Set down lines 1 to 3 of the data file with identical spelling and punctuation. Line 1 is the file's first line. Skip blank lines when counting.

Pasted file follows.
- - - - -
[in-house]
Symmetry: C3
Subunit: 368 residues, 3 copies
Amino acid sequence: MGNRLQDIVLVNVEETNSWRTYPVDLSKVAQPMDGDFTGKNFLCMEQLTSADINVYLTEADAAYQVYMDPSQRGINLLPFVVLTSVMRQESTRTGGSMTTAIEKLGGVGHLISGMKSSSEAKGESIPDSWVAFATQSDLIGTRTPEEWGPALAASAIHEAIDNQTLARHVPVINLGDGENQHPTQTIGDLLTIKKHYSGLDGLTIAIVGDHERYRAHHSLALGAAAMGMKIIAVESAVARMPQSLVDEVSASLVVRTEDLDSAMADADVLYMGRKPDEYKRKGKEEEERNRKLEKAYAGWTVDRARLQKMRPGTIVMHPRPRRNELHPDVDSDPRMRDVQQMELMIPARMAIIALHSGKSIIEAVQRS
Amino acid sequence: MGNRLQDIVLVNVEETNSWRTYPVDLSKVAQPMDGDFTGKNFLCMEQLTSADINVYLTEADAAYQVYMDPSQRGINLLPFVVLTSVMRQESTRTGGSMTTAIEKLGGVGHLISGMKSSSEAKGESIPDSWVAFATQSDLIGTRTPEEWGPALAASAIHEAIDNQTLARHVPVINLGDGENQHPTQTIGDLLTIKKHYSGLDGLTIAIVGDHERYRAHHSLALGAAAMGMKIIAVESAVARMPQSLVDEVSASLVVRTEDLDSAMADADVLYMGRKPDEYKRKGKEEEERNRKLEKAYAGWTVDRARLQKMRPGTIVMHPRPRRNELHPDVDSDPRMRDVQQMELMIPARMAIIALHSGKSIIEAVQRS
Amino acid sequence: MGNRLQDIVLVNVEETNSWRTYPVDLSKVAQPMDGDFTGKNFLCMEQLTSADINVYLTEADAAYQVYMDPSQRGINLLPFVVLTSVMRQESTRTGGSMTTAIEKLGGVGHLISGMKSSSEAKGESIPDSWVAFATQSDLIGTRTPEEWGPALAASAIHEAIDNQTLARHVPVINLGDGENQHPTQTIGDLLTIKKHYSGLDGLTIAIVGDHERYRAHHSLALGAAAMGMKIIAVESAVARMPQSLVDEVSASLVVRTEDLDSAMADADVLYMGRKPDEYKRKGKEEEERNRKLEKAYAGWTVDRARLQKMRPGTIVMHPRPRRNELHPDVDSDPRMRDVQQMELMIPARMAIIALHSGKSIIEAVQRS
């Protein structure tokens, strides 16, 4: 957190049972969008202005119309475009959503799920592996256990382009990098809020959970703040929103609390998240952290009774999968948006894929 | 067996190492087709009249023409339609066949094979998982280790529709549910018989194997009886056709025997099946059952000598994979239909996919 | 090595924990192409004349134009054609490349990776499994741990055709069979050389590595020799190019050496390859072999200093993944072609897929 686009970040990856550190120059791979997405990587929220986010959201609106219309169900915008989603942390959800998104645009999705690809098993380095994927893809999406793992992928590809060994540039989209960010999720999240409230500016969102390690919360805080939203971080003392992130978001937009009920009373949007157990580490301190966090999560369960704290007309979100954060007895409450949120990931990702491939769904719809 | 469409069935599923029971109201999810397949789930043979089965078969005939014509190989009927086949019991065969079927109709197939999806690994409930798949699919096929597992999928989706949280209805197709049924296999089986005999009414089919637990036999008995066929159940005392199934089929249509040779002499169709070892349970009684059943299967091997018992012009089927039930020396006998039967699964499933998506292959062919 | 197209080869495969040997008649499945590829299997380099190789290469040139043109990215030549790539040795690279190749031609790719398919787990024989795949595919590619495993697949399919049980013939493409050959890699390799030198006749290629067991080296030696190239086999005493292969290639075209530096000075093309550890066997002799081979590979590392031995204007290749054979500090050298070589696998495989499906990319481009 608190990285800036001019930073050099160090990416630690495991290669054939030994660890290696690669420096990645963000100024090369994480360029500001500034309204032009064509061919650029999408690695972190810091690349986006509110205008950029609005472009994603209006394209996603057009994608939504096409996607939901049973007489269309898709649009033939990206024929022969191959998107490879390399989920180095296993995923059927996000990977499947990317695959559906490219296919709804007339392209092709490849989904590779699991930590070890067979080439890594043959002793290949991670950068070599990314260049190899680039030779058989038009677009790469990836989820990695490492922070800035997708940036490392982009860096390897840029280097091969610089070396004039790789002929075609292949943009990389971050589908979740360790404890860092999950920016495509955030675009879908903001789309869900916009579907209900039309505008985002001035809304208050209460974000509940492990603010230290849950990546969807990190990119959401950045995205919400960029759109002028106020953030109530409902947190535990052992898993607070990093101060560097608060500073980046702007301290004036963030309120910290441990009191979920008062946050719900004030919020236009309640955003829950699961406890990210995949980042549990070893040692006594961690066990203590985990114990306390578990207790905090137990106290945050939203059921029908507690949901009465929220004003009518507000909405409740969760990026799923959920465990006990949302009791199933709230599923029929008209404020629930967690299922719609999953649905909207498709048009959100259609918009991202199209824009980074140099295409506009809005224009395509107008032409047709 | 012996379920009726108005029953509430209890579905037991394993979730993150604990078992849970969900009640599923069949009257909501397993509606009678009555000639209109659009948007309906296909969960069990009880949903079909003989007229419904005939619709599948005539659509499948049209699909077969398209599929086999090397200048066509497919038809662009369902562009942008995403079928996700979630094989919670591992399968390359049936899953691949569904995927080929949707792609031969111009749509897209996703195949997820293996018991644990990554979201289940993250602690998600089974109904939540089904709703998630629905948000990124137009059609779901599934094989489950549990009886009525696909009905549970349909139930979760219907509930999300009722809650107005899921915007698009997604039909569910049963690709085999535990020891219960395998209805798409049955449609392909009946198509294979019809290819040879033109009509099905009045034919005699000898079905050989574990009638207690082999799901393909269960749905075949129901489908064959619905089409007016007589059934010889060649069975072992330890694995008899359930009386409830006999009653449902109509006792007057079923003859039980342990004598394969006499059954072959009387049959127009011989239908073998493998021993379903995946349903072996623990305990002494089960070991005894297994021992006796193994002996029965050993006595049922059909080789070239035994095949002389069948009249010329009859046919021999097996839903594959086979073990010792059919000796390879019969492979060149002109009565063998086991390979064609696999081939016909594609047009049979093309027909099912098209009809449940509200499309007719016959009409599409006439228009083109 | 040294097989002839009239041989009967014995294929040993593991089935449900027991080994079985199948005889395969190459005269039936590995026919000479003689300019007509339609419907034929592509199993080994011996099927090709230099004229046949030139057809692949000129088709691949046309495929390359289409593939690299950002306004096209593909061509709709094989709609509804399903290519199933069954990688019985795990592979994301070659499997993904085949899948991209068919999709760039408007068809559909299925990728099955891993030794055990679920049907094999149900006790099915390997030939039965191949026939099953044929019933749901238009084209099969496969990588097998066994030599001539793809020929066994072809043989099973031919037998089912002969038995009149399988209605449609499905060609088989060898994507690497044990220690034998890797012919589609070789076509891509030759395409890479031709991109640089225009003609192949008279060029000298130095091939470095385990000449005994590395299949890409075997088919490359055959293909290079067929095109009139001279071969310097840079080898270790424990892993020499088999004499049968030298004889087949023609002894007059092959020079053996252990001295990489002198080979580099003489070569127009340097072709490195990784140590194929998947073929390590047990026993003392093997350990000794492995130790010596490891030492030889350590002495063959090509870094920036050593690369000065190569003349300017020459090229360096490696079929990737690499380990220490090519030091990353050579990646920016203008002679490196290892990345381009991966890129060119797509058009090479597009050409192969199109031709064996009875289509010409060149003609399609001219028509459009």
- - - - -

[in-house]
Symmetry: C3
Subunit: 368 residues, 3 copies